A Simultaneous Job- and Task-Based Exposure Evaluation of Petroleum Tanker Drivers to Benzene and Total Hydrocarbons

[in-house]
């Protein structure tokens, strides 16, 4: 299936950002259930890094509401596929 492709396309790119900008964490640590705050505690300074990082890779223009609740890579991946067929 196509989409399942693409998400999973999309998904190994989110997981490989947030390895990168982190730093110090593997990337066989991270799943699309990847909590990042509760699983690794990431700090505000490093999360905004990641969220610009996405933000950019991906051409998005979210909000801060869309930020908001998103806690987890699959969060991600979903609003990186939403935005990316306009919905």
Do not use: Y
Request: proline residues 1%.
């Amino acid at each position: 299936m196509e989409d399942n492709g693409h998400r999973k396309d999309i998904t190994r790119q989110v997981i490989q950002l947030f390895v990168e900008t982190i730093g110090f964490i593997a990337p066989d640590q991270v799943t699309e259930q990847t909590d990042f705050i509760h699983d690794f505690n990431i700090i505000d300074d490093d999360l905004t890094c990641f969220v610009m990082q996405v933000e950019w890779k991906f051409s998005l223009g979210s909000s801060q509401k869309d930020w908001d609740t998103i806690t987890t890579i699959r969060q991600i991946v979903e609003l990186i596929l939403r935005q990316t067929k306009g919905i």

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A simultaneous job- and task-based exposure study was conducted for tanker drivers delivering petroleum products from several bulk terminals and an agency to retail outlets. Full-shift (job-based) samples and job component tasks samples were collected simultaneously. The tasks sampled included loading, unloading, and travel. Three hundred sixty-six personal charcoal tube samples were collected. Full-shift visual observations of work practices and real-time monitoring using a data logging hydrocarbon analyzer were also conducted. Multiple measurements per worker were made, which permitted an assessment of sampling variability within and between workers. The highest exposures for drivers occurred during unloading at the agency. The mean benzene exposure for agency drivers was 0.88 ppm for full-shift time-weighted average, 2.86 ppm for unloading, and 0.54 ppm for loading. For bulk terminal drivers, the mean benzene level without vapor control was 0.12 ppm for time weighted average, 0.24 ppm for unloading, and 0.33 ppm for loading. The time-weighted average exposure of the agency and bulk terminal drivers based on the data collected and the lognormal model can be expected to exceed threshold limit value-time weighted average of 0.5 ppm for benzene about 70 and 2% of the time, respectively. Agency drivers' unloading and loading tasks accounted for approximately 30% and 7% of the total time, and 95% and 4% of total exposure, respectively. For the bulk terminal drivers, mean unloading and loading tasks constituted 24% and 12% of the total time, and 68% and 19% of the total exposure, respectively. Travel activity accounted for an average of 63% of the total time for agency and 64% for bulk terminal drivers, but only contributed < 1 and 13% of the total exposure, respectively. The actual job-based time-weighted average concentration and the calculated time-weighted average derived from the time-weighted summation of the components tasks are in very good agreement. Within-worker variability was generally higher than between-worker variability. Exposure control strategies are required primarily for unloading at the agencies. Vapor control technology at the terminal effectively reduces exposure (by almost 50%) and fugitive emissions.
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